Evaluation of Step Response of Transient Recorders for Lightning Impulse

Anders Bergman, Alf-Peter Elg, Jari Hällström

    Research output: Chapter in Book/Report/Conference proceedingConference article in proceedingsScientificpeer-review


    High voltage equipment will be subjected to several types of electrical stress during operation. A battery of factory tests is defined to ensure that the equipment will perform satisfactorily in service. One of the crucial tests is to apply a simulated lighting impulse as standardised to a double-exponential impulse with at front time of 1.2 µs (± 30 %) and a time to half value of 50 µs (± 20 %). Although this wave-shape only approximates natural lightning, there is a solid body of experience within industry, proving that reliability of equipment in service is adequately proven by the standard waveform. It is however crucial for consistency of results that the both voltage level and wave-shape are correctly measured. This paper discusses the requirements and performance of the recording instruments used, leaving the properties of high voltage impulse dividers outside the discussion. The requirements for the recording instrument – transient recorder – are given in IEC 61083-1. The standard provides requirements for, and/or tests to verify, that the recorder has moderately fast response, fast settling time, high resolution, linearity under dynamic conditions, high accuracy and reasonably low internal noise. This is partly in contrast to major trends in transient recorder development, where fast sampling and fast step response are prioritized ahead of high accuracy and fast settling without creeping response. We have therefore evaluated several commercially available recorders in order to find one with respectively flat and reasonably fast step response. In this campaign, a proprietary step generator based on the use of a mercury reed relay has been used. Evaluation of this device is submitted to ISH 2017. It has been found that the measured flatness of the step response directly after the step is a good first indicator of the performance of the transient recorder. This is identified in IEC 61083-1 clauses 1.5.2 and 1.5.3, as a requirement on stability of the recorded step from 0.5 T1min to T2max. For lightning impulse this means from 0.42 µs to 60 µs. For approved transient recorders the requirement is to be within 1 %. For reference transient recorders, a limit of not more than 0.5 % should be applied. Further proof of the accuracy of the transient recorder can be achieved by convolution of an ideal waveform with the recorded step response and analysing the resulting curve with lightning impulse parameter software. A third possibility is to make direct calibration of the transient recorder, using a calculable impulse calibrator. Several state-of-art transient recorders have been evaluated and the results show that only a few are suited for measurement of lightning impulse. Also, the variation of the performance between the ranges and channels of one instruments are significantly large. Both direct assessment of step response as well as result of convolution with a theoretical 0.84/50 µs impulse will be reported. The agreement with results obtained with a calculable impulse calibrator will be illustrated.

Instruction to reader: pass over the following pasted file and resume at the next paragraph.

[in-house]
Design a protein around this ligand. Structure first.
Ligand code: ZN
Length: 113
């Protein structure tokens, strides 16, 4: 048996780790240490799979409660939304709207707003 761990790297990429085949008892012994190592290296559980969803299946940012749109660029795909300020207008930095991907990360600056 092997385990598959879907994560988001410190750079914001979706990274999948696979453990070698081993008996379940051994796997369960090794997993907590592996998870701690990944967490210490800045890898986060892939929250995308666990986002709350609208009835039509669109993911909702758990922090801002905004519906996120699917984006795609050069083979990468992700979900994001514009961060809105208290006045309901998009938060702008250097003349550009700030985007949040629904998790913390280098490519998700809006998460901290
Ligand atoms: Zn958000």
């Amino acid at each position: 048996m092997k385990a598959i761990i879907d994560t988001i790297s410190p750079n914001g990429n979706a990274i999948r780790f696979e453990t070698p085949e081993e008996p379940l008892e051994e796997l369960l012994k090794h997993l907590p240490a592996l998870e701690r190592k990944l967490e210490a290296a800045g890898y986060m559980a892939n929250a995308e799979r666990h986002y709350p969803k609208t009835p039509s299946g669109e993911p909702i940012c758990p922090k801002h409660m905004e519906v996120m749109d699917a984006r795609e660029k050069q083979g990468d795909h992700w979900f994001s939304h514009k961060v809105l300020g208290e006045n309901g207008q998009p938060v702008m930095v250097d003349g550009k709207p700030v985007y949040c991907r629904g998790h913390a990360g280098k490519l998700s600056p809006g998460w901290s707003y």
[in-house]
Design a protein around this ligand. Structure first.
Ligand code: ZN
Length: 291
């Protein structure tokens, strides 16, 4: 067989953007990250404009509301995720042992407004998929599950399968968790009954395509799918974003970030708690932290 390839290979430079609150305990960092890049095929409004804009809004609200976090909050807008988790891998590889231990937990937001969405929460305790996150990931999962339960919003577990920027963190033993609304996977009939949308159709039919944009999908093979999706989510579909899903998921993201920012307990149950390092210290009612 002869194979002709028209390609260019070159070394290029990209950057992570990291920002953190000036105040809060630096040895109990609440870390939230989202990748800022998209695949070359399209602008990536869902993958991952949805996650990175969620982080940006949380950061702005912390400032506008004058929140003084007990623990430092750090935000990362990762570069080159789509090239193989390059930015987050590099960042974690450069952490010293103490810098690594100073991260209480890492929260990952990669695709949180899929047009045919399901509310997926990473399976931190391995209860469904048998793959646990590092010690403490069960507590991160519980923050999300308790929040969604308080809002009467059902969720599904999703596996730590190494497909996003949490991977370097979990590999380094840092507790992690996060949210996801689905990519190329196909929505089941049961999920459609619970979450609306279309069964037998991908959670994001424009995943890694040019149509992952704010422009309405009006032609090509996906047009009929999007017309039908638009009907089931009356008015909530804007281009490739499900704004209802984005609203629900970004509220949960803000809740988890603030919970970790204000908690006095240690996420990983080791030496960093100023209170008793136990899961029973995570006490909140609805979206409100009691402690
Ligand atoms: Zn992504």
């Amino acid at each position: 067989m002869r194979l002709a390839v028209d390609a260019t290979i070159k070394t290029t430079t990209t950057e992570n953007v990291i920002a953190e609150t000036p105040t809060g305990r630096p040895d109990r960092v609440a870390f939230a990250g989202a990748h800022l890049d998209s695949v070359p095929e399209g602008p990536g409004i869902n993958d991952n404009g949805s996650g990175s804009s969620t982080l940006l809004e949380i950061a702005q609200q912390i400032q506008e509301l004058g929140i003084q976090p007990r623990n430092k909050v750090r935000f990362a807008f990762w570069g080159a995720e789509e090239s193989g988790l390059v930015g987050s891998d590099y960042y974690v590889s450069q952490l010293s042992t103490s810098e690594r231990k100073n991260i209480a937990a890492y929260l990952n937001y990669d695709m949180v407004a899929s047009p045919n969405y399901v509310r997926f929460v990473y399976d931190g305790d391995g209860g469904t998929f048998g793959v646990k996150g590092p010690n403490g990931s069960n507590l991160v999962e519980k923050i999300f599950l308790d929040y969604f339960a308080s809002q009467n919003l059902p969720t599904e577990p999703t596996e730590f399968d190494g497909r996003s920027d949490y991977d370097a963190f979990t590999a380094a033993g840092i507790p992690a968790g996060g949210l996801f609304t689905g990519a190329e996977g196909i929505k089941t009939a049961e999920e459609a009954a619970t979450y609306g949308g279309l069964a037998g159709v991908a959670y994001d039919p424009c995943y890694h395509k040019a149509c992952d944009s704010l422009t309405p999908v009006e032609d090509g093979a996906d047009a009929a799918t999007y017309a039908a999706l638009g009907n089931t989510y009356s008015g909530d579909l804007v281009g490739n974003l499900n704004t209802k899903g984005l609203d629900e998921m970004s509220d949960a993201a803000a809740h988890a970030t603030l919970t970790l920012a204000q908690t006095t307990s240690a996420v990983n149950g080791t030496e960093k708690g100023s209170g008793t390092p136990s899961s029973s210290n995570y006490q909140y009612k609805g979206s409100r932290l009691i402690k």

Original languageEnglish
    Title of host publication2017 ISH
    Subtitle of host publication20th International Symposium on High Voltage Engineering
    EditorsRicardo Díaz
    PublisherConseil international des grands réseaux électriques (CIGRE)
    ISBN (Print)978-987-45745-6-5
    Publication statusPublished - 2017
    MoE publication typeA4 Article in a conference publication
    Event20th International Symposium on High Voltage Engineering, ISH 2017 - Buenos Aires, Argentina
    Duration: 28 Aug 20171 Sept 2017


    Conference20th International Symposium on High Voltage Engineering, ISH 2017
    Abbreviated titleISH 2017
    CityBuenos Aires


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